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Yeah man, it's exactly the same as what they say about going on job interviews right? Wear blue because it elicits trust and confidence. So knowing that and standing on the side of an on-ramp enough times I realized it ain't no different than an interview. These people get a very quick glimpse of who you are and what you're capable of. If you can simply display a color that'll influence their decisions, man.. why would you ever not utilize that, right?
 
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Engineer J Lupo gave you great advice and tips. I will add one more to it. - Try to be in a spot where a vehicle can see you from a distance so they can make up their mind AND have enough room to pull over safely. ~ peace and enjoy the road
 

Brodiesel710

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Damn, the DUNSMUIR sign font, so nice. 90% of the time I do not use a sign, I walk with my thumb out, but thats just me. I usually make a sign just to mix things up and have fun. I'd love if there was some type of study done on effectiveness of hitchhiking techniques, it's really all psychological, drivers make their decision to stop in this weird 3-5 seconds window. I can definitely vouch for looking and staying clean though, that was my approach this last trip, I hitchhiked with 16 people, NO PROBLEM.
 

Stiv Rhodes

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One thing that's key is the difference between freeway and highway. When you hitch on the highways, you catch all the through traffic, which is ideal. On freeways, you're limited to hitching at on-ramps, where your success at catching a ride is heavily dependent on the culture of the neighborhood you're hitching out of and short rides that drop you off in quiet or conservative areas actually cost you time and can leave you stranded. From El Cajon, it looks like the best route would be to take Rt 67 North out of Lakeside, where it becomes highway. Get on Rt 78 West in Ramona. Once you get past Escondido, bus from wherever you get dropped off to Oceanside, and hitch I5 North at Mission Ave to San Clamente or Capistrano Beach. From there you can get on Hwy 1, idk how far you're going from there.
 

Engineer J Lupo

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90% of the time I do not use a sign, I walk with my thumb out
How do you manage that in states that don't allow you to walk along the side of the highways? You can't just stroll along the shoulder in California with your thumb out. In states where it's allowed to walk along the side of the highway I definitely do. I'd rather be making my way somewhere than standing hoping someone stops to pick me up.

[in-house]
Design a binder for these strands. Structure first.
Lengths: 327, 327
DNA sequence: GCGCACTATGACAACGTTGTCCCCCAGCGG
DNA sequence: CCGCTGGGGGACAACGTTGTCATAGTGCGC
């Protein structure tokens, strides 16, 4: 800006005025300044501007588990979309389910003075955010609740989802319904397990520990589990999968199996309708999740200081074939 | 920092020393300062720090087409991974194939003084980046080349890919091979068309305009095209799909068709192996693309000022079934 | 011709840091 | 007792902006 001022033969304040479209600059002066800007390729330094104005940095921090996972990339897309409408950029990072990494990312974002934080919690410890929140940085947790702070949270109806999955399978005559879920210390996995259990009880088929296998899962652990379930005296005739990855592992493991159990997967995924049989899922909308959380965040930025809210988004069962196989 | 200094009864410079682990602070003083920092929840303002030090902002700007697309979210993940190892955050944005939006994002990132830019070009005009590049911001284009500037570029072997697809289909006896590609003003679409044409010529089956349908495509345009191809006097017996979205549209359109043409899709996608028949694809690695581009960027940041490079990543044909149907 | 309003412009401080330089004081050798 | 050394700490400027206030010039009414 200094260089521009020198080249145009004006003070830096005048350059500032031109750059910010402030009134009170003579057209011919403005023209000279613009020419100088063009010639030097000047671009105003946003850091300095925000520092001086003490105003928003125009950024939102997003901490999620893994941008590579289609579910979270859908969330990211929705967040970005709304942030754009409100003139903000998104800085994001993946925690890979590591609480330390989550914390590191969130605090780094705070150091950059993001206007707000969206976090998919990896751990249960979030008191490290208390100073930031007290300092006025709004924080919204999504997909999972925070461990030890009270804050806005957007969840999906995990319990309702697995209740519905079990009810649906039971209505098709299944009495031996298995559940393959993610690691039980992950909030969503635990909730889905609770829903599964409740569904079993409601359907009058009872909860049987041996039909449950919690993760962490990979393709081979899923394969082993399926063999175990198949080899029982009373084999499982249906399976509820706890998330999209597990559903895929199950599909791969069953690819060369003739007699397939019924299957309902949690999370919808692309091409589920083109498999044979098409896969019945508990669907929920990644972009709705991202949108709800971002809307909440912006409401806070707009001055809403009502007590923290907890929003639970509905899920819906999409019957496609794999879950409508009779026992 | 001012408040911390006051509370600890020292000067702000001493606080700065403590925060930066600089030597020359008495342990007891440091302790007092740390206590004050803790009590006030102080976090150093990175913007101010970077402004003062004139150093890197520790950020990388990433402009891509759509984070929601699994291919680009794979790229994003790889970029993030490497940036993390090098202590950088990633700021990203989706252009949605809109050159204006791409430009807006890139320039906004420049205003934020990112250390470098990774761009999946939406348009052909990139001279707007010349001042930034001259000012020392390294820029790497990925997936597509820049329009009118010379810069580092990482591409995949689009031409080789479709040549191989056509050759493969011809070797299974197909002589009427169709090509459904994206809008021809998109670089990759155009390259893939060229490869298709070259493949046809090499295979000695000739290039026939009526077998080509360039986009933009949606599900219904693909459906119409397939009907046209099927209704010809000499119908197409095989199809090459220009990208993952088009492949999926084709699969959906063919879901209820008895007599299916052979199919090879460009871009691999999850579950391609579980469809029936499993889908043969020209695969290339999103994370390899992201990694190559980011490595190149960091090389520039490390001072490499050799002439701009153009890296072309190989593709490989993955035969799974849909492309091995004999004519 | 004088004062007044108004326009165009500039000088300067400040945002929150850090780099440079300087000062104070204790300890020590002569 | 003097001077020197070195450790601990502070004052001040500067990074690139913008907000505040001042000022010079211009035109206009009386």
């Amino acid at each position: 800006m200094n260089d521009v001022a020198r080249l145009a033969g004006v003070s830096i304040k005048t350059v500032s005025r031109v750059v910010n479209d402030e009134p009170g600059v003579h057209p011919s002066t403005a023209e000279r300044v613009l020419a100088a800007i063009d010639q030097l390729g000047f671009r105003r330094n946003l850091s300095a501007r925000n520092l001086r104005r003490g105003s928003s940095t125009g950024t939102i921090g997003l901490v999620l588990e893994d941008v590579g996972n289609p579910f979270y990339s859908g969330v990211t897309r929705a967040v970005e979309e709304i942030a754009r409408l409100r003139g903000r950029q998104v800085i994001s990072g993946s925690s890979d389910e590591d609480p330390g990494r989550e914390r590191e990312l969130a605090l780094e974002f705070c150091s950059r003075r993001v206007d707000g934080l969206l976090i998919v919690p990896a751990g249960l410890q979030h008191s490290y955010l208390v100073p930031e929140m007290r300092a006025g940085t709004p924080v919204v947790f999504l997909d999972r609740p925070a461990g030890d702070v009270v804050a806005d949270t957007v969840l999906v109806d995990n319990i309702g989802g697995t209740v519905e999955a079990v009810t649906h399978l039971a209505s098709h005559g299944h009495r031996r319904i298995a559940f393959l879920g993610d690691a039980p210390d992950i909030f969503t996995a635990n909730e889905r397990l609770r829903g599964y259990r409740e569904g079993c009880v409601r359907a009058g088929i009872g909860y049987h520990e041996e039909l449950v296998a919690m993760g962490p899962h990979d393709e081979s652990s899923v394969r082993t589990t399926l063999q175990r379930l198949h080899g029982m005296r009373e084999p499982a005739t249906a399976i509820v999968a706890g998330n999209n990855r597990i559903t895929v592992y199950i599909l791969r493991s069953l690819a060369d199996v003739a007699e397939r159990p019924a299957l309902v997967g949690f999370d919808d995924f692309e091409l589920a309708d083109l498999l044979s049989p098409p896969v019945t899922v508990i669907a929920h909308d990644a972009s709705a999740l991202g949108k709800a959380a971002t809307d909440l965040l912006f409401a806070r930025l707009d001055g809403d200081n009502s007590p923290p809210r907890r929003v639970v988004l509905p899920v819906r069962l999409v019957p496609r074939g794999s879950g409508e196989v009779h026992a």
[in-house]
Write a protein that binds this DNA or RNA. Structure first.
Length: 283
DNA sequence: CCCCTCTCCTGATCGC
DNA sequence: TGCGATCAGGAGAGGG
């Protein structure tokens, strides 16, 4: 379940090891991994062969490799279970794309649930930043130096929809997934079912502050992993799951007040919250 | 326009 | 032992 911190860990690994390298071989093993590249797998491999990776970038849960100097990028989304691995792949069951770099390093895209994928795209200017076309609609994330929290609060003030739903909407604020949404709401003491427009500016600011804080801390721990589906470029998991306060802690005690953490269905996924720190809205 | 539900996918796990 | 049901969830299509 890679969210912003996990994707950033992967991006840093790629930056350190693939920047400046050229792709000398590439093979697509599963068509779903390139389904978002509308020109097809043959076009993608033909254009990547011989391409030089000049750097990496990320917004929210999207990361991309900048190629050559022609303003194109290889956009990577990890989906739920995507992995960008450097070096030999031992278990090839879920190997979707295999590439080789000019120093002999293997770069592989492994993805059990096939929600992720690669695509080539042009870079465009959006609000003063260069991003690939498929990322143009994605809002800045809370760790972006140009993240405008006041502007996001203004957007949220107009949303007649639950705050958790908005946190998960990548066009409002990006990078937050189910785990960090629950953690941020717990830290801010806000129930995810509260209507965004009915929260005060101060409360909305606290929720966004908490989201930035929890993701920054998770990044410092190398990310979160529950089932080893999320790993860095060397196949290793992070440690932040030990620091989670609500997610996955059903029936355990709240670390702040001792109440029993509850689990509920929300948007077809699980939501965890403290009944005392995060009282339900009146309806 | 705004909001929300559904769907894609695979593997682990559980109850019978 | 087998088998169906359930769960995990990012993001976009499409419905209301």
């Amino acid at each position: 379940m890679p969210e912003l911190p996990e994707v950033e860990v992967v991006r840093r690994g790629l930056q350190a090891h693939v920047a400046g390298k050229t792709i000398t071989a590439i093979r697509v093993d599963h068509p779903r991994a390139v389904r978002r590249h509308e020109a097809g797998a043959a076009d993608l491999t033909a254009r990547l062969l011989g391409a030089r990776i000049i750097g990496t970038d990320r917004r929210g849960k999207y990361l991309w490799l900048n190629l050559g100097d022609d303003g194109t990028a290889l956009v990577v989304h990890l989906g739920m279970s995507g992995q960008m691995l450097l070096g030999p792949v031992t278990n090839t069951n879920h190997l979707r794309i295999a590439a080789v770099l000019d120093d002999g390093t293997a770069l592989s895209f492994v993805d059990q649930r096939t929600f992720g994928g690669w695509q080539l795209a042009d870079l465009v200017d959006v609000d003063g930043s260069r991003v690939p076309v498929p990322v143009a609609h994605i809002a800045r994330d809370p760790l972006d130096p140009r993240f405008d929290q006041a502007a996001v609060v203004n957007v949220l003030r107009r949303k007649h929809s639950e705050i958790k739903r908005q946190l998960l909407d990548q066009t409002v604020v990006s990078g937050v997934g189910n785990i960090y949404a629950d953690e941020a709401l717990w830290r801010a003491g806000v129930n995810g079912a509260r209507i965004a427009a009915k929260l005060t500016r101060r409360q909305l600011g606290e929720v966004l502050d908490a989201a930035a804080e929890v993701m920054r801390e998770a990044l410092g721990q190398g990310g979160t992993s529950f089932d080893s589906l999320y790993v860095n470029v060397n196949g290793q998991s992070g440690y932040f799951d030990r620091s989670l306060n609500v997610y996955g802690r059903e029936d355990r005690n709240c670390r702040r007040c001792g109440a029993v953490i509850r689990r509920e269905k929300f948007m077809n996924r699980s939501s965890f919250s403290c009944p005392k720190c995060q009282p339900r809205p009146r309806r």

I still use signs when I walk though. Joey and I had to hitch out of Clovis NM in 07. I found a nice white piece of cardboard, wrote "Amarillo" on it and punched two small holes in the top and attached it to my backpack and we started walking east on highway 60. It wasn't but 3 minutes before a car picked us up. It took me longer to make the sign than to get a ride. It was a cop who had quit the force because he realized he hated cops once he began working with them, it was a pretty cool ride.

That's my ideal way to hitchhike if laws permit. Make a sign, put it on my pack and just start walking. I don't gotta smile, I don't gotta interact with anyone I just walk and if someone stops they stop. I also think it's easier to get rides that way because people can see you from a really long ways away. They have more time to mull it over and also plenty of time to slow down to a stop. There's plenty of room to pull over and plenty of distance to get back up to speed, it's just all around far better than an on-ramp.

It's too bad you can't do that in all the states.
 

Brodiesel710

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How do you manage that in states that don't allow you to walk along the side of the highways? You can't just stroll along the shoulder in California with your thumb out. In states where it's allowed to walk along the side of the highway I definitely do. I'd rather be making my way somewhere than standing hoping someone stops to pick me up.

I still use signs when I walk though. Joey and I had to hitch out of Clovis NM in 07. I found a nice white piece of cardboard, wrote "Amarillo" on it and punched two small holes in the top and attached it to my backpack and we started walking east on highway 60. It wasn't but 3 minutes before a car picked us up. It took me longer to make the sign than to get a ride. It was a cop who had quit the force because he realized he hated cops once he began working with them, it was a pretty cool ride.

That's my ideal way to hitchhike if laws permit. Make a sign, put it on my pack and just start walking. I don't gotta smile, I don't gotta interact with anyone I just walk and if someone stops they stop. I also think it's easier to get rides that way because people can see you from a really long ways away. They have more time to mull it over and also plenty of time to slow down to a stop. There's plenty of room to pull over and plenty of distance to get back up to speed, it's just all around far better than an on-ramp.

It's too bad you can't do that in all the states.
I guess it was my understanding that you could legally (or at least get away with) walking /hitchhiking on all US highways, but I must be somewhat wrong about this, we should make a map of laws!!! But then alternatively, when I'm at an Interstate on ramp for too long (over 4 hours) I will just start walking down the interstate with my thumb out. I either get picked up, or Highway Patrol stops, runs my ID, then gives me a ride to the next on ramp. It's alway been like this (except one time when I had a warrant and I went to jail).
 

Stiv Rhodes

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How do you manage that in states that don't allow you to walk along the side of the highways? You can't just stroll along the shoulder in California with your thumb out. In states where it's allowed to walk along the side of the highway I definitely do. I'd rather be making my way somewhere than standing hoping someone stops to pick me up.
You are allowed to walk the shoulder of the highway. You're not allowed to walk the shoulder of freeways. Highways have intersections, traffic lights, and driveways that connect directly to them. Freeways have on-ramps with signs that read "pedestrians, bicycles and motor driven cycles prohibited." That's why I suggested the route I did instead of going west out of El Cajon toward I5.
 

Engineer J Lupo

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Interesting, I'm usually never hitching from anywhere but a city and cities often have freeways even if it's a highway it becomes a freeway through city limits, see 99 through Chico for an example.

I guess I just assumed those signs kind of covered the entire thing. That's a game changer really. I'll walk a few miles out of town if it means I can hitch on the side of a highway once the freeway ends.